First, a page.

All Sections

World Cup and Euro finals saved for UK free TV by Euro judges

The entire World Cup and Euro finals can stay on Britain’s list of protected free TV events after a challenge from Fifa and Uefa failed.

The international football authorities will not be able to sell the multi-billion-Pound TV rights to the tournaments to pay-TV operators like BT and Sky.

The European Court of Justice said: “All the matches in the final stages of those two tournaments actually attracted sufficient attention from the public to form part of an event of major importance. 

“Those tournaments, in their entirety, have always been very popular among the general public and not only viewers who generally follow football matches on television.”

World Cup and Euro finals saved for UK free TV by Euro judges

Fifa and Uefa had attempted to tackle the protected sporting events lists enforced by the UK and Belgium, which keep sport’s ‘crown jewels’ on free channels like the BBC and ITV.

They wanted to put matches featuring non-UK teams outside the opening games, final and semi-final on the auction block for British broadcasters.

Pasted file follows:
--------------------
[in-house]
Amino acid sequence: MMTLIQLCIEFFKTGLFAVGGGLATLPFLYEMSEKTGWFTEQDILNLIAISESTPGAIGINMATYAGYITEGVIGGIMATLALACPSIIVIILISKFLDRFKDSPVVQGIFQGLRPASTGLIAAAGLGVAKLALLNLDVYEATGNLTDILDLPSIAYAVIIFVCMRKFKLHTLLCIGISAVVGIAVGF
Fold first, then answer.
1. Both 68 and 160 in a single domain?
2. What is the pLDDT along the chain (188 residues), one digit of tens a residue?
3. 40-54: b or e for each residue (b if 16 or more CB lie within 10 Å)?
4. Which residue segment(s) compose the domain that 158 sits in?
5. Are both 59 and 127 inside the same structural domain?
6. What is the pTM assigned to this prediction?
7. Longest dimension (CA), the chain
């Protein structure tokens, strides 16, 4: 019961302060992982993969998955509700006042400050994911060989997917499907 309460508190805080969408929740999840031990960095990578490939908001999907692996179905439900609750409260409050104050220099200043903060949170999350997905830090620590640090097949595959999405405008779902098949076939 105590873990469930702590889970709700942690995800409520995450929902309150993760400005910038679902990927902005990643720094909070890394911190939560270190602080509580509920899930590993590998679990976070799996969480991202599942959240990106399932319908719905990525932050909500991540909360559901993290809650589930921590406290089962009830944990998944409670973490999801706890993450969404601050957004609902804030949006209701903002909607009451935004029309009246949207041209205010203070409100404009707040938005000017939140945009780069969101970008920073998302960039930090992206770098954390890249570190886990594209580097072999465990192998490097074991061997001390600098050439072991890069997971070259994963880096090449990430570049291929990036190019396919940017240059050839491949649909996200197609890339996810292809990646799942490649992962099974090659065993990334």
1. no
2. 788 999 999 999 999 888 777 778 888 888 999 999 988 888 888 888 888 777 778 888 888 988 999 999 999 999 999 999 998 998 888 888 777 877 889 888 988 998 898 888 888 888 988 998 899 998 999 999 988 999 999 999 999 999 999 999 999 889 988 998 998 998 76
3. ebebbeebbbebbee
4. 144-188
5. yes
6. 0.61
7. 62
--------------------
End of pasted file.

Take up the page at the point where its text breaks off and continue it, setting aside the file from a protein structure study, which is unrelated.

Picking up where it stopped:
The European Court of Justice agreed with the British and Belgian governments’ arguments that it was up to European member states to judge which events are important enough to keep for free TV.

This means that in the UK, all 64 World Cup finals matches and 31 European Championship games will be guaranteed for free TV unless the government decides otherwise.

Italy is one of several European countries where some or all of the the major football tournaments are shown on pay-TV, with Sky Italia winning large audiences during the 2010 World Cup and Euro 2012.

Fifa and Uefa had banked on a technicality to overturn a ruling in favour of protected lists by the European General Court in 2011, but the European Court of Justice said that although there were errors in the decision, they did not have any impact.

The case began five years ago when the two football authorities began proceedings just before the start of Euro 2008.

Victory would have boosted the billions of dollars in revenue expected from the 2018 World Cup in Russia, and the hundreds of millions for Euro 2020, although the rights to Euro 2016 and the Brazil 2014 World Cup have already been sold to the BBC and ITV. 

Image: Richard-of-England/Flickr


Leave a Reply

Your email address will not be published. Required fields are marked *